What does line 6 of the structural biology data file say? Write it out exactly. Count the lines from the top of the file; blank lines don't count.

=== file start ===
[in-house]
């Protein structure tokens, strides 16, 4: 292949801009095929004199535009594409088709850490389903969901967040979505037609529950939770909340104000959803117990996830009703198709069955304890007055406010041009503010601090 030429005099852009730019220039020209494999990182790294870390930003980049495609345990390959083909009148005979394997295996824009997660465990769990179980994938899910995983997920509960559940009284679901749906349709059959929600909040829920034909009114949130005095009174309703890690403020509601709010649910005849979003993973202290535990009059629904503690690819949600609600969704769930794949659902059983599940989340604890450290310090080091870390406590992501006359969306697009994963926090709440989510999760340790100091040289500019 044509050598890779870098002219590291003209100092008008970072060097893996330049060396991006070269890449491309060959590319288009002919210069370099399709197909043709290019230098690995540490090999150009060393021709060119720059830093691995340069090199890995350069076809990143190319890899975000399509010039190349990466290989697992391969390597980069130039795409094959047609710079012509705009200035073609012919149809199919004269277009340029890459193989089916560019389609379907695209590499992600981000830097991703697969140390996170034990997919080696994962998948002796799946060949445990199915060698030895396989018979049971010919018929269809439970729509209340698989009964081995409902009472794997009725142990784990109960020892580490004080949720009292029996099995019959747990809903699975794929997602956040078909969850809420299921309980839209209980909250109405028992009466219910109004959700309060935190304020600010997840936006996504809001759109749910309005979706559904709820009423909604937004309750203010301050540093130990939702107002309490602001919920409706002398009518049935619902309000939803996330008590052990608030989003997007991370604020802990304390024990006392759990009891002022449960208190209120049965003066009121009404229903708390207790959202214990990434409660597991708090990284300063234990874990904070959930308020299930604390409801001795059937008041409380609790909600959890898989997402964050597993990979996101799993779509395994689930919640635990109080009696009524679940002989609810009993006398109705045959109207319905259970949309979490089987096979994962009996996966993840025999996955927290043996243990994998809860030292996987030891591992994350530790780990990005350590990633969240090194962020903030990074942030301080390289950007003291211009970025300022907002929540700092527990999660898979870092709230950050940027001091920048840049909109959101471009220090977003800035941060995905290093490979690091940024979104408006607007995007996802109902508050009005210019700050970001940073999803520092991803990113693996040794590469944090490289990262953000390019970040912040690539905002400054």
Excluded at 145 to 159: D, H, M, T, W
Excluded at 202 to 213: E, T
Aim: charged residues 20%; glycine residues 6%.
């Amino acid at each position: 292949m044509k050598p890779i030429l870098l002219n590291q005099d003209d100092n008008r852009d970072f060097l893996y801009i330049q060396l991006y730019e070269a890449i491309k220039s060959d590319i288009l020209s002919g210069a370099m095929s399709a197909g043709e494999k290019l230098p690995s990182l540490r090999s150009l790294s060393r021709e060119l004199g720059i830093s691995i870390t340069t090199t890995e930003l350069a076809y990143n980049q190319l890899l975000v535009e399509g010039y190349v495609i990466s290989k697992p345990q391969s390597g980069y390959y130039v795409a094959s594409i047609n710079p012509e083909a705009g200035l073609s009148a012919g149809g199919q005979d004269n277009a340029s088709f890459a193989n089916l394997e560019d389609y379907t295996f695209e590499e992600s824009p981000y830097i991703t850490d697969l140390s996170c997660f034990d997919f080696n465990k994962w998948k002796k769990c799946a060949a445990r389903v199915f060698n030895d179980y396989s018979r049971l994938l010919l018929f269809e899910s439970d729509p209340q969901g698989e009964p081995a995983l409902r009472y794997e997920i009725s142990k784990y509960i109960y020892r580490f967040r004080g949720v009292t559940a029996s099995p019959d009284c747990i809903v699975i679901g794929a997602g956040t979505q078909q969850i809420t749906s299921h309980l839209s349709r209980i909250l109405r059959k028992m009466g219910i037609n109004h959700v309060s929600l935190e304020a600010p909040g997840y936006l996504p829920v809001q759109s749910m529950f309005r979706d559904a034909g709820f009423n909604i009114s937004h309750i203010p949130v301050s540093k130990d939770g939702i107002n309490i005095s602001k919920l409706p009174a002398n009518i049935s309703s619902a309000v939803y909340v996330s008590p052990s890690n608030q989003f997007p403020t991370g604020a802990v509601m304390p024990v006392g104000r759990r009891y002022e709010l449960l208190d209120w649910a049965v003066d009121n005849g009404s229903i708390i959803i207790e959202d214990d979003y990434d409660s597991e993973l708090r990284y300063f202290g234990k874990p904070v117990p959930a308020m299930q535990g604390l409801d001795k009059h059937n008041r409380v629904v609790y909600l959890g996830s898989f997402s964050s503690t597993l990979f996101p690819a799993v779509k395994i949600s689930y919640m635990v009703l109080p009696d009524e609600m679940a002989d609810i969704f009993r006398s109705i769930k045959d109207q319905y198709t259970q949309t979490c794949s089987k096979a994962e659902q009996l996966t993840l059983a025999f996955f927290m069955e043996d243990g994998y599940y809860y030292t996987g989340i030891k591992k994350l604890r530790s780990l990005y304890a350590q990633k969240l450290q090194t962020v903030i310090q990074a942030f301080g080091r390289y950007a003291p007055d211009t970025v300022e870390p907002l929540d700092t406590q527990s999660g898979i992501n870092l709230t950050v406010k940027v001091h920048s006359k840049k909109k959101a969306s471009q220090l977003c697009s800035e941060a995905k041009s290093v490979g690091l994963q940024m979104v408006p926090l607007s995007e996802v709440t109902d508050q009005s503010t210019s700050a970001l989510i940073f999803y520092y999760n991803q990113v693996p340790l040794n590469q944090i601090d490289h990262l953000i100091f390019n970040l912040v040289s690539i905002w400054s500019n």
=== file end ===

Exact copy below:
């Amino acid at each position: 292949m044509k050598p890779i030429l870098l002219n590291q005099d003209d100092n008008r852009d970072f060097l893996y801009i330049q060396l991006y730019e070269a890449i491309k220039s060959d590319i288009l020209s002919g210069a370099m095929s399709a197909g043709e494999k290019l230098p690995s990182l540490r090999s150009l790294s060393r021709e060119l004199g720059i830093s691995i870390t340069t090199t890995e930003l350069a076809y990143n980049q190319l890899l975000v535009e399509g010039y190349v495609i990466s290989k697992p345990q391969s390597g980069y390959y130039v795409a094959s594409i047609n710079p012509e083909a705009g200035l073609s009148a012919g149809g199919q005979d004269n277009a340029s088709f890459a193989n089916l394997e560019d389609y379907t295996f695209e590499e992600s824009p981000y830097i991703t850490d697969l140390s996170c997660f034990d997919f080696n465990k994962w998948k002796k769990c799946a060949a445990r389903v199915f060698n030895d179980y396989s018979r049971l994938l010919l018929f269809e899910s439970d729509p209340q969901g698989e009964p081995a995983l409902r009472y794997e997920i009725s142990k784990y509960i109960y020892r580490f967040r004080g949720v009292t559940a029996s099995p019959d009284c747990i809903v699975i679901g794929a997602g956040t979505q078909q969850i809420t749906s299921h309980l839209s349709r209980i909250l109405r059959k028992m009466g219910i037609n109004h959700v309060s929600l935190e304020a600010p909040g997840y936006l996504p829920v809001q759109s749910m529950f309005r979706d559904a034909g709820f009423n909604i009114s937004h309750i203010p949130v301050s540093k130990d939770g939702i107002n309490i005095s602001k919920l409706p009174a002398n009518i049935s309703s619902a309000v939803y909340v996330s008590p052990s890690n608030q989003f997007p403020t991370g604020a802990v509601m304390p024990v006392g104000r759990r009891y002022e709010l449960l208190d209120w649910a049965v003066d009121n005849g009404s229903i708390i959803i207790e959202d214990d979003y990434d409660s597991e993973l708090r990284y300063f202290g234990k874990p904070v117990p959930a308020m299930q535990g604390l409801d001795k009059h059937n008041r409380v629904v609790y909600l959890g996830s898989f997402s964050s503690t597993l990979f996101p690819a799993v779509k395994i949600s689930y919640m635990v009703l109080p009696d009524e609600m679940a002989d609810i969704f009993r006398s109705i769930k045959d109207q319905y198709t259970q949309t979490c794949s089987k096979a994962e659902q009996l996966t993840l059983a025999f996955f927290m069955e043996d243990g994998y599940y809860y030292t996987g989340i030891k591992k994350l604890r530790s780990l990005y304890a350590q990633k969240l450290q090194t962020v903030i310090q990074a942030f301080g080091r390289y950007a003291p007055d211009t970025v300022e870390p907002l929540d700092t406590q527990s999660g898979i992501n870092l709230t950050v406010k940027v001091h920048s006359k840049k909109k959101a969306s471009q220090l977003c697009s800035e941060a995905k041009s290093v490979g690091l994963q940024m979104v408006p926090l607007s995007e996802v709440t109902d508050q009005s503010t210019s700050a970001l989510i940073f999803y520092y999760n991803q990113v693996p340790l040794n590469q944090i601090d490289h990262l953000i100091f390019n970040l912040v040289s690539i905002w400054s500019n």